Tuesday, 6 March 2012

Review | Roil - Trent Jamieson

Not just touching on the steampunk aesthetic, but diving into the subgenre itself, Roil is an interesting tale of a world on the edge. Like Mark C. Newton's Legends of the Red Sun sequence, Roil could convincingly be described as transformative fantasy: although there are tantalising hints otherwise, the titular Roil may well be a natural phenomenon, which humanity is struggling against.

Roil is set on the land, or world, of Shale - one threatened by the aforementioned region. The Roil is an uncontrollably spreading environment: hosting its own temperature (hotter), spores, creatures, and even mind - or minds. As I mentioned, it's more than a little mysterious. And as the first novel of a series, Roil raises more questions than it answers - what else do you expect? The Roil has consumed many of the human cities, but at last, there seems to be a hint at a solution: the I-bombs. Developed by the Penn family, these seem capable of reclaiming entire regions of the Roil - but just as they are successfully tested, the Roil claims the city, leaving only the Penns' daughter, Margaret. And with no blueprints... David, meanwhile, is an addict to a fantastical drug: Carnival. When his father is murdered by his political opponents, David is rescued by Cadell, a man who is older than he seems. If we trust his word, 4000 years older... And both, driven by both the encroaching Roil and the manipulative Stade, find themselves embroiled in humanity's truggle against the titular advance, and Cadell's hints at a solution.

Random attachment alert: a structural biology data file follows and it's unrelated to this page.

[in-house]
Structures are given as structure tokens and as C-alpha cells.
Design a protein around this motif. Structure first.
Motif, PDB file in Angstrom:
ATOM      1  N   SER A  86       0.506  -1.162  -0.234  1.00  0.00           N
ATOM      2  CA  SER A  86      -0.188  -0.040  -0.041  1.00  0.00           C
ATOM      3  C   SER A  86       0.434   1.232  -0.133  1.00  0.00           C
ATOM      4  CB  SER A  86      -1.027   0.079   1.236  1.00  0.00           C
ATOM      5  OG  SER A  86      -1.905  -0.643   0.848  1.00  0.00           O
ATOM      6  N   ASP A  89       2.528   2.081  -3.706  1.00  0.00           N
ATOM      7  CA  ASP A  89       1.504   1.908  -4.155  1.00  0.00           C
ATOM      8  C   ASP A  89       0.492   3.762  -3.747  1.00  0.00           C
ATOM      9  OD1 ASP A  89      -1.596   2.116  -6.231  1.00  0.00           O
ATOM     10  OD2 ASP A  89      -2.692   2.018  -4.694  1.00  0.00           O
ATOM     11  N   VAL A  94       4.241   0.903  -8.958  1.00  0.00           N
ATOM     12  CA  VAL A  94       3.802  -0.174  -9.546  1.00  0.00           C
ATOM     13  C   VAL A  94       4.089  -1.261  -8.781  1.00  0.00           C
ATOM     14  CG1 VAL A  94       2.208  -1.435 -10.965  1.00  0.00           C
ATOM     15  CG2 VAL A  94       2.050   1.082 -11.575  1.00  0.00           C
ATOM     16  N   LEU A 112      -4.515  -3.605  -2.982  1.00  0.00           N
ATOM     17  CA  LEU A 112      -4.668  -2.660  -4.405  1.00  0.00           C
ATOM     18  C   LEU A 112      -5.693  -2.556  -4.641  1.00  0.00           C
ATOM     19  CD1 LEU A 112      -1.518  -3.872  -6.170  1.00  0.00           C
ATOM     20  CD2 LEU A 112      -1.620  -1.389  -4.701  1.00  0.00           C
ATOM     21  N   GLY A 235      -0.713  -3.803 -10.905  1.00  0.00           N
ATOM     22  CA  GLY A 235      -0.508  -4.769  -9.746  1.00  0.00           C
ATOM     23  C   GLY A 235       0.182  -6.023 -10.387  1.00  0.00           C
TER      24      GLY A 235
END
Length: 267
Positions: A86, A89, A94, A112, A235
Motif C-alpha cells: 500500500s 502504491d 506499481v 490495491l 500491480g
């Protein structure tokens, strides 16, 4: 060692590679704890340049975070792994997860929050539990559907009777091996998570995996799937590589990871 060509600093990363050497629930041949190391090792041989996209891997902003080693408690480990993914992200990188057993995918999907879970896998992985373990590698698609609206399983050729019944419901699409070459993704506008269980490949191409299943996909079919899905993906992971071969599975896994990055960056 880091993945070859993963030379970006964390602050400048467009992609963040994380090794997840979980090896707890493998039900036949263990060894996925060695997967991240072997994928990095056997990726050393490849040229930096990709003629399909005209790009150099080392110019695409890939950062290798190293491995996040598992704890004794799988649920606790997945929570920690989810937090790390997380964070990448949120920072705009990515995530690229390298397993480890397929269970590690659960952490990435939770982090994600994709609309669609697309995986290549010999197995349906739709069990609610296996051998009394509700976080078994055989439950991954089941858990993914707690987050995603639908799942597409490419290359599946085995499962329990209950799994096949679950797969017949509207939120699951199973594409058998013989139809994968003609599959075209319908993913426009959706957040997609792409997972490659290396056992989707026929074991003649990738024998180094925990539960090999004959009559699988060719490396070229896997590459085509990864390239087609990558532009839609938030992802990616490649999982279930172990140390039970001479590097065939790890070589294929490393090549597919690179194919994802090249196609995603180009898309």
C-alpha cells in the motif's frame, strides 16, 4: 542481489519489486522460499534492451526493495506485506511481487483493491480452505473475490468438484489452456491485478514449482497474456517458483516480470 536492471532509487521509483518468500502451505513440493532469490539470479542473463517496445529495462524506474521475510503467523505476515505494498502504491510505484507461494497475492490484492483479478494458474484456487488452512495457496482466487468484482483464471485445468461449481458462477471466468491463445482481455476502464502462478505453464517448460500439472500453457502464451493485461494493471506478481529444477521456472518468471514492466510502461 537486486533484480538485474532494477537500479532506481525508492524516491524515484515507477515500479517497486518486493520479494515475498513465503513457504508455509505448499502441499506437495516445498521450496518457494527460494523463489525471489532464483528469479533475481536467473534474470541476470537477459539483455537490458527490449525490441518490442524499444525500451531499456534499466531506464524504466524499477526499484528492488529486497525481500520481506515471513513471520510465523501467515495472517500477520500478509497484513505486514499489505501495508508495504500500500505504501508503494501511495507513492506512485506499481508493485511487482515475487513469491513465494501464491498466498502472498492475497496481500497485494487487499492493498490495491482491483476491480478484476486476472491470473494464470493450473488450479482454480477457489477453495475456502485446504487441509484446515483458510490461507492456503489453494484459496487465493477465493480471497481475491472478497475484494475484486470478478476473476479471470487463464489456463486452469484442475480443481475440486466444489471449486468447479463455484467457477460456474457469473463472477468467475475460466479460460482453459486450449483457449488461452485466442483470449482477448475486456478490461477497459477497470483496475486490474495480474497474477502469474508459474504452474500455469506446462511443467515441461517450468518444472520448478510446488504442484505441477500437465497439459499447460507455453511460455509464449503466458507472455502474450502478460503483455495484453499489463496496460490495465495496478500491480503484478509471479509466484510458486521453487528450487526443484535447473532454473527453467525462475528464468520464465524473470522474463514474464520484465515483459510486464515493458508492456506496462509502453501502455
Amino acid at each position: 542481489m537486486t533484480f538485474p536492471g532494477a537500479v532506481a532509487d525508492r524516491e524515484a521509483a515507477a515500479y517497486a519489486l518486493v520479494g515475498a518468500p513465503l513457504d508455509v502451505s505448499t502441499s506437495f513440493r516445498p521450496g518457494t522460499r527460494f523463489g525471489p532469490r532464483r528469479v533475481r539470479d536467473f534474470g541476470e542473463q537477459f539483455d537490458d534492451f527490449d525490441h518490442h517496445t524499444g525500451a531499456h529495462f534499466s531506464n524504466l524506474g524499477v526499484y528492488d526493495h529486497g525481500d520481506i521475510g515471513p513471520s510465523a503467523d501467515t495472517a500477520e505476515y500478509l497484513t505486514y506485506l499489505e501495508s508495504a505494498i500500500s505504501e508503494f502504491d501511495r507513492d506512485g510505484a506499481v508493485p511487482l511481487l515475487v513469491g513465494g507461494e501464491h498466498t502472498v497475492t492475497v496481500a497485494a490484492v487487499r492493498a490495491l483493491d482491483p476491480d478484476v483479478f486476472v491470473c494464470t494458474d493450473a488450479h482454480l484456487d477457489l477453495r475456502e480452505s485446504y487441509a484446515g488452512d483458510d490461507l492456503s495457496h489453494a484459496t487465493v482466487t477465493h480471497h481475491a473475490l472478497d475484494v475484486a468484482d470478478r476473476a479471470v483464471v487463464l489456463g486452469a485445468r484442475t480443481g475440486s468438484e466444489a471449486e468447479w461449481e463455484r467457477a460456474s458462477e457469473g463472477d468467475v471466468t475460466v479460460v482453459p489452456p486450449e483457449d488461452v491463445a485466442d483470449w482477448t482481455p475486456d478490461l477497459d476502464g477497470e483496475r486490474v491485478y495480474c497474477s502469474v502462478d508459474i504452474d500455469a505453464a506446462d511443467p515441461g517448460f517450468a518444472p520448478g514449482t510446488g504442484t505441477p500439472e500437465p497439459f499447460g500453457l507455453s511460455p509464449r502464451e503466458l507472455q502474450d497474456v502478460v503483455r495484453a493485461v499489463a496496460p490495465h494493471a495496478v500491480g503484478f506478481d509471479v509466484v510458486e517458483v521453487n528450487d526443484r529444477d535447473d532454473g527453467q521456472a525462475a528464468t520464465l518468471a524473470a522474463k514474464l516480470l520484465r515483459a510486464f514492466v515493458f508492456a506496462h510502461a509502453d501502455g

Shale gets a great deal of credit, here, for an imaginative design. And some very superior worldbuilding. The Roil is a convincingly overpowering threat - how do you stop an environment which spreads itself with heat and spores? As it turns out, cold. Humanity has turned to endothermic weapons to harm the Roil's creations: ice walls, guns firing cold, and even temperature-reducing pills. The rest of the technology is similarly fun: Aerokin, semi-biological (and living) airships, for one! As my mantra goes, who doesn't love airships? This is a thoroughly alien world - imaginatively built, and a joy to explore.

While I enjoyed Cadell's point that David was not a 'chosen one' - because the world simply doesn't work that way - I can't help feeling that as a protagonist, he had similar problems to those chosen by destiny in some way. in a word? Passivity. As a character, Devid is not proactive. His behaviour is largely responsive through the novel, and though he does experience development - growing from a fixated addict to someone genuinely capable of some rather awesome achievements (which I'll keep quiet about) - he is always driven by the plot, not the other way around. Cadell might be a mentor character, but he's by far the more interesting of the pair. By contrast, Margaret Penn is a more proactive character - but gets a far lesser role.

Roil is, however, an interesting read. As the first book of a series, it hints at some tantalising future revelations: sentient weapons, the plans of the Roil, and secret histories - and its sequel would be worth reading just for that. Nevertheless, there's more to this novel than simply worldbuilding: some of the later action scenes are spectacular (and the second half of the novel is superior as a whole), David develops considerably and should be of far more merit as protagonist in the following book, and the Roil is a genuinely interesting opponent: an environment. I would recommend Roil, despite a passive main protagonist, but with caveats: if you want resolution rather than hints, wait for a sequel - and be prepared to read through a slow start before the action gets going.

Find it here: UK US

And my new article's up on Fantasy Faction, where I'm a staff member: this time, on novellas, and why they're coming back.